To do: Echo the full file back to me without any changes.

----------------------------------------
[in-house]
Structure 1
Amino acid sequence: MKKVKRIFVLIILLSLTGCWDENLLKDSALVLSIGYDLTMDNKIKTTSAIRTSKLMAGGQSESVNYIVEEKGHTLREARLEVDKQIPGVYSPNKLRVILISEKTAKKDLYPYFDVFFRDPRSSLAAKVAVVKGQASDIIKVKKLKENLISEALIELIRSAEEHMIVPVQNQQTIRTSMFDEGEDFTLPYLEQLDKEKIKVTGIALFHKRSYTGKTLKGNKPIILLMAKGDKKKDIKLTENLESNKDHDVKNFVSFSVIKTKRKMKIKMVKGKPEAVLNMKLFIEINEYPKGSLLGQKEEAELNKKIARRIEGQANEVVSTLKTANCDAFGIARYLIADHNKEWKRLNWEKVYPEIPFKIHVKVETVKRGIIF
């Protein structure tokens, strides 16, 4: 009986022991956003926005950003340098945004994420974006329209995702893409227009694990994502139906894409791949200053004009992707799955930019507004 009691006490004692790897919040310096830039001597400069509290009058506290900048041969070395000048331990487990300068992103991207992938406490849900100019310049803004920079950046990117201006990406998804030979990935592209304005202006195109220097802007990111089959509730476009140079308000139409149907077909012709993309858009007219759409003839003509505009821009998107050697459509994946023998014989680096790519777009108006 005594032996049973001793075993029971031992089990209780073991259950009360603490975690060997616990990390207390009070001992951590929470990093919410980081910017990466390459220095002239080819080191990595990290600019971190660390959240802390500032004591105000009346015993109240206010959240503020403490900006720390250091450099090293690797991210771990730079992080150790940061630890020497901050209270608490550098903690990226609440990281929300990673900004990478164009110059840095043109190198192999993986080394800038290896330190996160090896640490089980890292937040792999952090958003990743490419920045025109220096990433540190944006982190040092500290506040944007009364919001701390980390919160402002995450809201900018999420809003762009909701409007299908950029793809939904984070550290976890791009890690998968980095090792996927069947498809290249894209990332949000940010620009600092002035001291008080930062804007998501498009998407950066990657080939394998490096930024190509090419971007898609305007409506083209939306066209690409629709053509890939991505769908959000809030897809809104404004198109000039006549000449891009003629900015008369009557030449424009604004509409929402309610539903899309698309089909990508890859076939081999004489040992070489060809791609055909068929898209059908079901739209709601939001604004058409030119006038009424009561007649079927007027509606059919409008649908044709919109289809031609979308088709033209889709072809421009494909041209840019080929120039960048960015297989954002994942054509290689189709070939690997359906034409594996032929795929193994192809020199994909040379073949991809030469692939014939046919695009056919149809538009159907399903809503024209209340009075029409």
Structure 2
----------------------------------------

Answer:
[in-house]
Structure 1
Amino acid sequence: MKKVKRIFVLIILLSLTGCWDENLLKDSALVLSIGYDLTMDNKIKTTSAIRTSKLMAGGQSESVNYIVEEKGHTLREARLEVDKQIPGVYSPNKLRVILISEKTAKKDLYPYFDVFFRDPRSSLAAKVAVVKGQASDIIKVKKLKENLISEALIELIRSAEEHMIVPVQNQQTIRTSMFDEGEDFTLPYLEQLDKEKIKVTGIALFHKRSYTGKTLKGNKPIILLMAKGDKKKDIKLTENLESNKDHDVKNFVSFSVIKTKRKMKIKMVKGKPEAVLNMKLFIEINEYPKGSLLGQKEEAELNKKIARRIEGQANEVVSTLKTANCDAFGIARYLIADHNKEWKRLNWEKVYPEIPFKIHVKVETVKRGIIF
């Protein structure tokens, strides 16, 4: 009986022991956003926005950003340098945004994420974006329209995702893409227009694990994502139906894409791949200053004009992707799955930019507004 009691006490004692790897919040310096830039001597400069509290009058506290900048041969070395000048331990487990300068992103991207992938406490849900100019310049803004920079950046990117201006990406998804030979990935592209304005202006195109220097802007990111089959509730476009140079308000139409149907077909012709993309858009007219759409003839003509505009821009998107050697459509994946023998014989680096790519777009108006 005594032996049973001793075993029971031992089990209780073991259950009360603490975690060997616990990390207390009070001992951590929470990093919410980081910017990466390459220095002239080819080191990595990290600019971190660390959240802390500032004591105000009346015993109240206010959240503020403490900006720390250091450099090293690797991210771990730079992080150790940061630890020497901050209270608490550098903690990226609440990281929300990673900004990478164009110059840095043109190198192999993986080394800038290896330190996160090896640490089980890292937040792999952090958003990743490419920045025109220096990433540190944006982190040092500290506040944007009364919001701390980390919160402002995450809201900018999420809003762009909701409007299908950029793809939904984070550290976890791009890690998968980095090792996927069947498809290249894209990332949000940010620009600092002035001291008080930062804007998501498009998407950066990657080939394998490096930024190509090419971007898609305007409506083209939306066209690409629709053509890939991505769908959000809030897809809104404004198109000039006549000449891009003629900015008369009557030449424009604004509409929402309610539903899309698309089909990508890859076939081999004489040992070489060809791609055909068929898209059908079901739209709601939001604004058409030119006038009424009561007649079927007027509606059919409008649908044709919109289809031609979308088709033209889709072809421009494909041209840019080929120039960048960015297989954002994942054509290689189709070939690997359906034409594996032929795929193994192809020199994909040379073949991809030469692939014939046919695009056919149809538009159907399903809503024209209340009075029409």
Structure 2